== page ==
Construction is expected to give a £30 million boost to the Highland economy and employ more than 350 people each year, during construction plus 25 high quality long term jobs.

The proposals have attracted objections from the the Ness District Salmon Fishery Board and the Woodland Trust

Glen Earrach:

The proposed Glen Earrach Energy (GEE) project on the Balmacaan Estate would make use of what the developers describe as one of the best-suited sites in Europe for pumped storage hydro technology.

If given the go-ahead, the massive state-of-the-art scheme, which would use Loch Ness and Loch nam Breac Dearga, would represent investment of more than £2 billion and create hundreds of jobs during construction.

Other hydro schemes in the area:

Coire Glas, Loch Lochy:

The giant Coire Glass project at Loch Lochy would be the UK's biggest hydroelectric project for 40 years and double the country’s ability to store electricity for long periods.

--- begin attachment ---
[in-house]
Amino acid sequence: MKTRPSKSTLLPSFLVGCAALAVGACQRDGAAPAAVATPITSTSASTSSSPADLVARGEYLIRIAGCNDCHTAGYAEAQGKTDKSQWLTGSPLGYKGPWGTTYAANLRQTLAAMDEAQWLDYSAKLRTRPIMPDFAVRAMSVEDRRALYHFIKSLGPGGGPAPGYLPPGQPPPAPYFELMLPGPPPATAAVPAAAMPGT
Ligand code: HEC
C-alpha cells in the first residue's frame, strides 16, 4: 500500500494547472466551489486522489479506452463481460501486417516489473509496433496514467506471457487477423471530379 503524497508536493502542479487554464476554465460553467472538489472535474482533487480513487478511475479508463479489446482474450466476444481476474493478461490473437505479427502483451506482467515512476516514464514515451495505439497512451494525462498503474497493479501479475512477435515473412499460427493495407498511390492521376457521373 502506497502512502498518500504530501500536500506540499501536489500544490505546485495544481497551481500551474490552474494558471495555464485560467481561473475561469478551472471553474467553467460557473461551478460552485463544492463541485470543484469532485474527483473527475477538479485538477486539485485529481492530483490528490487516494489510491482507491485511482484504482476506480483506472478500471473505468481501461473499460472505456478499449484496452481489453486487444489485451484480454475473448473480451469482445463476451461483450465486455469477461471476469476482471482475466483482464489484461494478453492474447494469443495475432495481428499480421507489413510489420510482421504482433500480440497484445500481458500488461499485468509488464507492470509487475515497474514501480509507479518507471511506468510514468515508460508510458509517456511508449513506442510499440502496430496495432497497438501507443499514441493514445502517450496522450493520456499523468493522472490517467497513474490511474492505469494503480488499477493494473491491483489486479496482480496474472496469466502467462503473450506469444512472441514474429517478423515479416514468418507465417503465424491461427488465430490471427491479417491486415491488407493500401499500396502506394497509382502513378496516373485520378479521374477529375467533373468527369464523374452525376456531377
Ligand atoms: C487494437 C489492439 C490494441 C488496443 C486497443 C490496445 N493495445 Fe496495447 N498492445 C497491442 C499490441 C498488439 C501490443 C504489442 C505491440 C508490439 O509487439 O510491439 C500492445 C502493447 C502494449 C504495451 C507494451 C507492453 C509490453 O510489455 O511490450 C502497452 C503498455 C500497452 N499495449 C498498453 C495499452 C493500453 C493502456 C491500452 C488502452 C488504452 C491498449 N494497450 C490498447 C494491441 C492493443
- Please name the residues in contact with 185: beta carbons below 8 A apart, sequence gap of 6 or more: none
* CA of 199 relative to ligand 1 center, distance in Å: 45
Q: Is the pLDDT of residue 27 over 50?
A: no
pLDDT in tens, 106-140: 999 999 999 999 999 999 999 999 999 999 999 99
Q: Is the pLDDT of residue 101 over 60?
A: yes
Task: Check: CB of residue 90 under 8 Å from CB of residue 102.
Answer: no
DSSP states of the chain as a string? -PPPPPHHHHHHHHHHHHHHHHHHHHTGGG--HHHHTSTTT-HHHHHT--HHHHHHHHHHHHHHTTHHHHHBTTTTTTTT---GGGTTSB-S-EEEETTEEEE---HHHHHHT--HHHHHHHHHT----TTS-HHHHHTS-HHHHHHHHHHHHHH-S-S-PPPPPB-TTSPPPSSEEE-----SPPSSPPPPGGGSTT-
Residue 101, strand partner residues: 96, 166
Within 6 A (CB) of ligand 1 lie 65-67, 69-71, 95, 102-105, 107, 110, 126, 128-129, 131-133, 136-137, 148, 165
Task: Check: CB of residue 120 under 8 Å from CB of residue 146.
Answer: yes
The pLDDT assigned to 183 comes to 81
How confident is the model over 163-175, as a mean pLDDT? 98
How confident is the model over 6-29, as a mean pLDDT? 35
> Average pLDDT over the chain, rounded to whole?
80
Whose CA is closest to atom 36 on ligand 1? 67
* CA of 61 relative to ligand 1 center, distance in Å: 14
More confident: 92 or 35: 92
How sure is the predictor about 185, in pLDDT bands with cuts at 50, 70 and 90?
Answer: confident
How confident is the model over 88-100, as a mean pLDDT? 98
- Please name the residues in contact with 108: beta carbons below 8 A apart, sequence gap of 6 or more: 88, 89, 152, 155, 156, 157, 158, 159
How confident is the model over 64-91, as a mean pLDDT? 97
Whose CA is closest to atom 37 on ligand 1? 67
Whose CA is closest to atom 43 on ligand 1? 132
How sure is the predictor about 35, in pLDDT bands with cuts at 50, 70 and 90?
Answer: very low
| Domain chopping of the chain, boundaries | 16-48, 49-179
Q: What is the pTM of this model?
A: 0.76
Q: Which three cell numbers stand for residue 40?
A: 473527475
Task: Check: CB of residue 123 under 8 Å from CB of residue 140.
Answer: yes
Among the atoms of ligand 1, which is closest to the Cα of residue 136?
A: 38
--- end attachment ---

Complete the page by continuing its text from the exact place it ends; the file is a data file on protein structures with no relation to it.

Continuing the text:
Scottish ministers approved the 1.5GW project, which is owned by SSE Renewables, in 2020.

Once operational, Coire Glas will be able to generate enough power for 3 million homes in just five minutes.

Fearna hydro project:

Plans were revealed last month for the Fearna project which would be a nationally-significant venture based about 25km west of Invergarry.

The proposal, put forward by UK hydro developer Gilkes Energy, would use Loch Fearna as the upper reservoir and Loch Quoich as the lower reservoir.

What is pumped storage hydro?

It works by moving water between two reservoirs at different elevations.

During periods of low energy demand, excess electricity is used to pump water from the lower reservoir to the upper reservoir.

When energy demand is high, water is released back into the lower reservoir through turbines, generating electricity rapidly and efficiently.